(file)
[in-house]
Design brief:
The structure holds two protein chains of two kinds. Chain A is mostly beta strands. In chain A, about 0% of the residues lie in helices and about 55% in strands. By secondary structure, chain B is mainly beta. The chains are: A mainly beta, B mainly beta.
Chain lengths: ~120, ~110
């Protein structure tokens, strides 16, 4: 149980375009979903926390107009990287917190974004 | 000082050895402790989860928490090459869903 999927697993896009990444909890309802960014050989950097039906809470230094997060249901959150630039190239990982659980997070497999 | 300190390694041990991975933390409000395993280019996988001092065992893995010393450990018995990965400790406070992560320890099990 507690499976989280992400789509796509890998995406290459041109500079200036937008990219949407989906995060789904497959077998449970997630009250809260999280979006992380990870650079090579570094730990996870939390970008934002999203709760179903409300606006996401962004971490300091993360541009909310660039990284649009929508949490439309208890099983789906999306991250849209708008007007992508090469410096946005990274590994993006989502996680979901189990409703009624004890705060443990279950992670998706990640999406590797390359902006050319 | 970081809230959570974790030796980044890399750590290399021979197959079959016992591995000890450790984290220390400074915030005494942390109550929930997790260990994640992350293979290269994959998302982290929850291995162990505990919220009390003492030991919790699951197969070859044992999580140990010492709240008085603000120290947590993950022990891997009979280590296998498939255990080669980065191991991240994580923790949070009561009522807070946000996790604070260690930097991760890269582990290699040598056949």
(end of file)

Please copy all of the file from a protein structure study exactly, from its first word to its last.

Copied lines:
[in-house]
Design brief:
The structure holds two protein chains of two kinds. Chain A is mostly beta strands. In chain A, about 0% of the residues lie in helices and about 55% in strands. By secondary structure, chain B is mainly beta. The chains are: A mainly beta, B mainly beta.
Chain lengths: ~120, ~110
């Protein structure tokens, strides 16, 4: 149980375009979903926390107009990287917190974004 | 000082050895402790989860928490090459869903 999927697993896009990444909890309802960014050989950097039906809470230094997060249901959150630039190239990982659980997070497999 | 300190390694041990991975933390409000395993280019996988001092065992893995010393450990018995990965400790406070992560320890099990 507690499976989280992400789509796509890998995406290459041109500079200036937008990219949407989906995060789904497959077998449970997630009250809260999280979006992380990870650079090579570094730990996870939390970008934002999203709760179903409300606006996401962004971490300091993360541009909310660039990284649009929508949490439309208890099983789906999306991250849209708008007007992508090469410096946005990274590994993006989502996680979901189990409703009624004890705060443990279950992670998706990640999406590797390359902006050319 | 970081809230959570974790030796980044890399750590290399021979197959079959016992591995000890450790984290220390400074915030005494942390109550929930997790260990994640992350293979290269994959998302982290929850291995162990505990919220009390003492030991919790699951197969070859044992999580140990010492709240008085603000120290947590993950022990891997009979280590296998498939255990080669980065191991991240994580923790949070009561009522807070946000996790604070260690930097991760890269582990290699040598056949």